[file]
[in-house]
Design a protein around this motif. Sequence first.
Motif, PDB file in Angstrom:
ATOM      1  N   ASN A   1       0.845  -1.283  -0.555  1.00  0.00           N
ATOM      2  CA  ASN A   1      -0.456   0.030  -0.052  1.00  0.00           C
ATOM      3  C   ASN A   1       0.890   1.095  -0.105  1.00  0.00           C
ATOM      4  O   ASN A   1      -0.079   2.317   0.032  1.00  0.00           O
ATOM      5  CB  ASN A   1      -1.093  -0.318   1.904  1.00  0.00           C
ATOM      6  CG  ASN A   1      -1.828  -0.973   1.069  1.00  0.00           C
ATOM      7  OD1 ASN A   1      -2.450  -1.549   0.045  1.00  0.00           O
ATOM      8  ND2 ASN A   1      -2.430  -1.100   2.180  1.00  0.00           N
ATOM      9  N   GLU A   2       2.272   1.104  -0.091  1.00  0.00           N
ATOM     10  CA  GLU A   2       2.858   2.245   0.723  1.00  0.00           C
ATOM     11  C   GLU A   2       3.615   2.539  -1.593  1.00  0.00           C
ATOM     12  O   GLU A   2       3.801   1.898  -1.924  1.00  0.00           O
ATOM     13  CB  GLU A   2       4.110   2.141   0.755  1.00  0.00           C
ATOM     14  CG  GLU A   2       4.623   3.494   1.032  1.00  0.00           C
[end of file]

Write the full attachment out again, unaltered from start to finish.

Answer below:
[in-house]
Design a protein around this motif. Sequence first.
Motif, PDB file in Angstrom:
ATOM      1  N   ASN A   1       0.845  -1.283  -0.555  1.00  0.00           N
ATOM      2  CA  ASN A   1      -0.456   0.030  -0.052  1.00  0.00           C
ATOM      3  C   ASN A   1       0.890   1.095  -0.105  1.00  0.00           C
ATOM      4  O   ASN A   1      -0.079   2.317   0.032  1.00  0.00           O
ATOM      5  CB  ASN A   1      -1.093  -0.318   1.904  1.00  0.00           C
ATOM      6  CG  ASN A   1      -1.828  -0.973   1.069  1.00  0.00           C
ATOM      7  OD1 ASN A   1      -2.450  -1.549   0.045  1.00  0.00           O
ATOM      8  ND2 ASN A   1      -2.430  -1.100   2.180  1.00  0.00           N
ATOM      9  N   GLU A   2       2.272   1.104  -0.091  1.00  0.00           N
ATOM     10  CA  GLU A   2       2.858   2.245   0.723  1.00  0.00           C
ATOM     11  C   GLU A   2       3.615   2.539  -1.593  1.00  0.00           C
ATOM     12  O   GLU A   2       3.801   1.898  -1.924  1.00  0.00           O
ATOM     13  CB  GLU A   2       4.110   2.141   0.755  1.00  0.00           C
ATOM     14  CG  GLU A   2       4.623   3.494   1.032  1.00  0.00           C